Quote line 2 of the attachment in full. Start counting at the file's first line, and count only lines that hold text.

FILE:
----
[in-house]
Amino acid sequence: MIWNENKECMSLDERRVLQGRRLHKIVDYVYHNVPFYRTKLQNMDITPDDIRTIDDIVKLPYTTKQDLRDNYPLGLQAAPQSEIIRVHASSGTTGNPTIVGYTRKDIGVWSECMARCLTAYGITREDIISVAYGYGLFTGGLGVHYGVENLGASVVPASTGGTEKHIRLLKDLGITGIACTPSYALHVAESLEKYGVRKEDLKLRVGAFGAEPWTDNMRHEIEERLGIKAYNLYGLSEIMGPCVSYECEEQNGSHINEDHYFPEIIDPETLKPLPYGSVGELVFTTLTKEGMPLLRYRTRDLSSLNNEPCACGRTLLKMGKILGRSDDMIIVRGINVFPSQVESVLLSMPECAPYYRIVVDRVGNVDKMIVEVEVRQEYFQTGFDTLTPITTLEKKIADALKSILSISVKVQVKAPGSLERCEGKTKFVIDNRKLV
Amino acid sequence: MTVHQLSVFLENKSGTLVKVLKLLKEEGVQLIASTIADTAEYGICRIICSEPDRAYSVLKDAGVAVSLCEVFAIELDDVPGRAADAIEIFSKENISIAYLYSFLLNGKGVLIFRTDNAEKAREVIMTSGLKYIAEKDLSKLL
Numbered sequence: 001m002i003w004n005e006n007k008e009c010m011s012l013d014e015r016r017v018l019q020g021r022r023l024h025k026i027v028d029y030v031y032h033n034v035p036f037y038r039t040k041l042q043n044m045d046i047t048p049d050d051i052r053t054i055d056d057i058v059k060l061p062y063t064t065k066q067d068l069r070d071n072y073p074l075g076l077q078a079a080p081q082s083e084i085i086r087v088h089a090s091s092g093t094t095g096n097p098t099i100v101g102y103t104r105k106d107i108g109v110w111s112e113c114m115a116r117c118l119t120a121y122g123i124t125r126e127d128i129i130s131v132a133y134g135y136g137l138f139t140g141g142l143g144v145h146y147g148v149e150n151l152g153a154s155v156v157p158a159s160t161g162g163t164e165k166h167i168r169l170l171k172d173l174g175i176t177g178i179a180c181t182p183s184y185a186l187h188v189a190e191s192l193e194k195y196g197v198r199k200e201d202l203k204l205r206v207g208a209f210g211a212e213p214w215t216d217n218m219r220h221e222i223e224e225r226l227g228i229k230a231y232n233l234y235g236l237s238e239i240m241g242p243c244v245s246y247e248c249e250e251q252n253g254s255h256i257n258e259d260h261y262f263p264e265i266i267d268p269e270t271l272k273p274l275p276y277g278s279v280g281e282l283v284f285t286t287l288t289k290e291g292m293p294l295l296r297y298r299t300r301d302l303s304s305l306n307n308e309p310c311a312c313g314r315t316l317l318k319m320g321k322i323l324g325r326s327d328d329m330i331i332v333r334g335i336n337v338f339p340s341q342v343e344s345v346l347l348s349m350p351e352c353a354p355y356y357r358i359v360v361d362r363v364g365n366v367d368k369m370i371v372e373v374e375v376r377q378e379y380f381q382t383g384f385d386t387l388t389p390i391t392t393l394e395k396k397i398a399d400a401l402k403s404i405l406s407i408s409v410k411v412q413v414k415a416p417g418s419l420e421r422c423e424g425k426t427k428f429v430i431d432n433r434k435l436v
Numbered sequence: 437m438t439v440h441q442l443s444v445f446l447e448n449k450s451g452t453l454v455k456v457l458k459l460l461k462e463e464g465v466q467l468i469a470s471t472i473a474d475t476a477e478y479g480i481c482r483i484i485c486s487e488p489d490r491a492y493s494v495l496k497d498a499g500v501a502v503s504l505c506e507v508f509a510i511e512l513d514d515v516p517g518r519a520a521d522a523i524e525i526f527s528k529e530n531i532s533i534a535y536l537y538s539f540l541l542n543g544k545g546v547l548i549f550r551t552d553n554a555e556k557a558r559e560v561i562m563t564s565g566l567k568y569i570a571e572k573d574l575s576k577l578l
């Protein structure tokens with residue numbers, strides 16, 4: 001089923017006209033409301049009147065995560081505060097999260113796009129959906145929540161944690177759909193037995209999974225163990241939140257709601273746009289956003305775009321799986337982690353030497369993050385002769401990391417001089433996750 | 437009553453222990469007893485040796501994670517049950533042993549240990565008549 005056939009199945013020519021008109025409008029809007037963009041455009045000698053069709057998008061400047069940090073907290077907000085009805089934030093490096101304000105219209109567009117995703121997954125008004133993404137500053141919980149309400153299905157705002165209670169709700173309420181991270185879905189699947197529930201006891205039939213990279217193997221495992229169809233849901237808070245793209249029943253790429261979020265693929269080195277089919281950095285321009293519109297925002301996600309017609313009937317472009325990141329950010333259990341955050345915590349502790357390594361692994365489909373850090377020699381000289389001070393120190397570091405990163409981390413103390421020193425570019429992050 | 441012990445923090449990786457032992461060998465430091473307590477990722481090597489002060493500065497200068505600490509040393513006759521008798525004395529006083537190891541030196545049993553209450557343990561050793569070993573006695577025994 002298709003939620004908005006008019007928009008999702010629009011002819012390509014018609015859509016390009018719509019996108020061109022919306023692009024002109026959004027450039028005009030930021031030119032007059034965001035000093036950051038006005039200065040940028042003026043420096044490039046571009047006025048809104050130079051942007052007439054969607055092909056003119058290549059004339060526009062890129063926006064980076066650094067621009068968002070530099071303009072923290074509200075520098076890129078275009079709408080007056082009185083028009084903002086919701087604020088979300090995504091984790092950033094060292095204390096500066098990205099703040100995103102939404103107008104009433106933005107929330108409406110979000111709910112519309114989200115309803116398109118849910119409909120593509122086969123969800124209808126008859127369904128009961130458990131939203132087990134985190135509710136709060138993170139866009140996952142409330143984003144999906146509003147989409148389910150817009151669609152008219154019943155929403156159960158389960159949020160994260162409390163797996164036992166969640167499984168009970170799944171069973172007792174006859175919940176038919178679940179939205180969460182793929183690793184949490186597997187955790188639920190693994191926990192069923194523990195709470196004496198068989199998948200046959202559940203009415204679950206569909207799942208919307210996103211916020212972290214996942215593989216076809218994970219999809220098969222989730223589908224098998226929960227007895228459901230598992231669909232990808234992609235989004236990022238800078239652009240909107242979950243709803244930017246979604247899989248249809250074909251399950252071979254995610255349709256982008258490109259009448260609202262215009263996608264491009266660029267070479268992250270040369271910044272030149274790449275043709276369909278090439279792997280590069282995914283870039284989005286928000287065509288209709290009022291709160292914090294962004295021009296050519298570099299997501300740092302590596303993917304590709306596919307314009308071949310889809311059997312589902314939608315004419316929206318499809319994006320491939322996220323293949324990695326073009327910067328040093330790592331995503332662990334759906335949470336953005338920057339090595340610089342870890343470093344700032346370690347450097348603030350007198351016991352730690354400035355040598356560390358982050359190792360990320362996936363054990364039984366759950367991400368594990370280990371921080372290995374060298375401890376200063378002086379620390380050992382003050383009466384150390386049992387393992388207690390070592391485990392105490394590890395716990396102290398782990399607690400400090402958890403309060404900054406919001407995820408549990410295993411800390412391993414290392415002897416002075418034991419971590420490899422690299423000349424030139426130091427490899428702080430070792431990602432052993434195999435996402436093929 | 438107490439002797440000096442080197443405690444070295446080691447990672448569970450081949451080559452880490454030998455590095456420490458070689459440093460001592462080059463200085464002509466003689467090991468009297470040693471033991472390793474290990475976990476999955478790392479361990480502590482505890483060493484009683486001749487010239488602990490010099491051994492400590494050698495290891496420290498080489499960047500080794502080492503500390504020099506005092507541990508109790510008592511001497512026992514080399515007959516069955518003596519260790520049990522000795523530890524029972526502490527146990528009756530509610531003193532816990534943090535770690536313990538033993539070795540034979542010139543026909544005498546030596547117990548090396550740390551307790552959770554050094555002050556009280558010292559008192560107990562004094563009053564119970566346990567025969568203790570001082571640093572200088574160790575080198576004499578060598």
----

Amino acid sequence: MIWNENKECMSLDERRVLQGRRLHKIVDYVYHNVPFYRTKLQNMDITPDDIRTIDDIVKLPYTTKQDLRDNYPLGLQAAPQSEIIRVHASSGTTGNPTIVGYTRKDIGVWSECMARCLTAYGITREDIISVAYGYGLFTGGLGVHYGVENLGASVVPASTGGTEKHIRLLKDLGITGIACTPSYALHVAESLEKYGVRKEDLKLRVGAFGAEPWTDNMRHEIEERLGIKAYNLYGLSEIMGPCVSYECEEQNGSHINEDHYFPEIIDPETLKPLPYGSVGELVFTTLTKEGMPLLRYRTRDLSSLNNEPCACGRTLLKMGKILGRSDDMIIVRGINVFPSQVESVLLSMPECAPYYRIVVDRVGNVDKMIVEVEVRQEYFQTGFDTLTPITTLEKKIADALKSILSISVKVQVKAPGSLERCEGKTKFVIDNRKLV